This Muslim Man Introduced the Benefits of Shampoo to the British

History Contributor

The term “revolutionary” conjures up myriad images and names in one’s mind. Yet Sheikh Din Muhammad, spelt Sake Dean Mohamet as per 18th century British orthography, would not be one of those in most people’s imagination. And that is a sad forgetfulness of history. A revolutionary, confirms the Oxford lexicon, is a person or incident that may have initiated ‘a complete or dramatic change’. The amazingly colourful life of Sake Din would check more than one box that would fit the classical definition of being a ‘revolutionary’. Yet until as late as the 1990s he was buried in oblivion.

If the period beginning from the middle half of the 18th century, over the course of next 150 years, marks a notorious British colonial exploitation of the Indian subcontinent, in a curious way it also must be remembered for the subcontinent’s modernisation through Western, mostly British, intellectual contact. This cultural, social, intellectual and artistic flourish in the Indian subcontinent is said to be rooted in a movement known as the Bengal Renaissance, that began in the late 18th century and blossomed over the next one hundred years. It would be amiss not to remember Sake Dean as among the harbingers of the Bengal Renaissance.

He was the first Indian to publish a book in English. He was the first Indian restauranteur in Britain. And he was the introducer of ‘shampooing’ in England, which is what he was generally famous for in his times.

His Travel to West

Sake Dean Mohamet was a Bengali Muslim. But not from mainland Bengal. He was born C. E 1749, in Patna, a nondescript city within the Bengal Presidency administratively, but removed from the flurry of Western intellectual discourse, which would soon begin to colour the imagination of the Calcutta-based intelligentsia. Therefore, he was not from the fortunate Calcutta milieu that naturally imbibed British / Western education. On the contrary, Sake Dean must have had an extremely trying childhood. His father, who served in the East India Company’s army, was killed in a battle when Dean Sake was just eleven. All the property went to his elder brother. Luckily, he was adopted by an English army officer Godfrey Evan Baker. One can imagine the struggles Sake Dean had to go through: a little coloured Patna boy in an English family, which soon moved to Cork, Ireland, thus being forced to leave his motherland, family and friends, for ever.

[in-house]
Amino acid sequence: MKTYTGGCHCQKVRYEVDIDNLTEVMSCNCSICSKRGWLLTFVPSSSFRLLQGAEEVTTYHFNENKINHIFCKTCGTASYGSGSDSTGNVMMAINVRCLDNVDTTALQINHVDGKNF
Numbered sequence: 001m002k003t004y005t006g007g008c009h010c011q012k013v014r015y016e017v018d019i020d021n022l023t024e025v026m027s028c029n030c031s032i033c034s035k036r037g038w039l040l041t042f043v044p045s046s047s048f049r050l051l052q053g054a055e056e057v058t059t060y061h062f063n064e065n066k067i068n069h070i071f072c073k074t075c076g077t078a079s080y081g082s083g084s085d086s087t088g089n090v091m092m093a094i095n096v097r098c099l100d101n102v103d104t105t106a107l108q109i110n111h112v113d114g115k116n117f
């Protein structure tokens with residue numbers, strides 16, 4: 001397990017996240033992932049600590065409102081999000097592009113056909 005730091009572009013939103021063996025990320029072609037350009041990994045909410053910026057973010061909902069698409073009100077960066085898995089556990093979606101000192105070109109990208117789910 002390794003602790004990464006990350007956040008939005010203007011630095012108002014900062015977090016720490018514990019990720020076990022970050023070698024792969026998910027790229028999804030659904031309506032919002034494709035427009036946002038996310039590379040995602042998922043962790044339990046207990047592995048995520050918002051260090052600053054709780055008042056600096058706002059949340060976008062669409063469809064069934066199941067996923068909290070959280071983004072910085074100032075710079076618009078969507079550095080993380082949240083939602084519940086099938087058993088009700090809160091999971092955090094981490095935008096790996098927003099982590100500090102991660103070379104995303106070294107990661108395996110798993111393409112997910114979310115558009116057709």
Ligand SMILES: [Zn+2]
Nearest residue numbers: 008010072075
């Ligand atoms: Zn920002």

Undaunted, Sake Din turned this adversity into opportunities. He studied hard. Became proficient in English language. And in 1794 published a book titled The Travels of Dean Mohamet. A comment by Michael H Fisher, the editor of a modern Cambridge Univeristy Press edition of the book underlines why this was an extraordinary achievement: “[M]any Westerners of his day believed Asians incapable of authoring such a polished work of English literature. Even today, some readers may cling to similar doubts and look for a British hand behind Dean Mahomet’s pen.”

Sake Dean Mohamed Plaque

In 1810 Dean Sake moved to London and opened his Hindoostane Coffee House, the 1st Indian restaurant, which served ‘real chilm tobacco and Indian dishes’. Do the owners of today’s booming Indian restaurants and Shisha lounges of London remember this gentleman at all? One wonders!

The Wonder Baths

Dean Sake, however, achieved real fame after he and his ‘pretty’ Irish wife, Jane, moved to Brighton in 1814 and introduced ‘Champooi’ to the British. This was medicated vapour bath and massage. Mahomed’s Baths were known for treating patients with muscular ailments with a massage or champi after a steaming bath of Indian herbs and oils. Mahomed’s successful treatment brought him fame and patients flocked to his baths. In 1822, King George IV appointed Mahomed as his personal ‘shampooing surgeon’. He continued to hold this post under William IV.

It was such a sensation that he wrote two full-length books on this success story.  His medical work Shampooing; or Benefits resulting from the use of the Indian medicated vapour bath, featured testimonies from his patients, as well as details of the treatment that made him famous.

He passed away on February, 21, 1851 and lies buried in a grave in Brighton’s St. Nicholas Church.

Yes, there are myriad reasons to remember Sheikh Din Muhammad, out of which, one is of immense relevance in today’s world: as an anti-immigrant xenophobia rages across much of the West, the life of this Indian Muslim demonstrates how deep their contributions have been to the Western society and economy.


(Written by Nilanjan Hajra, Author and Translator)

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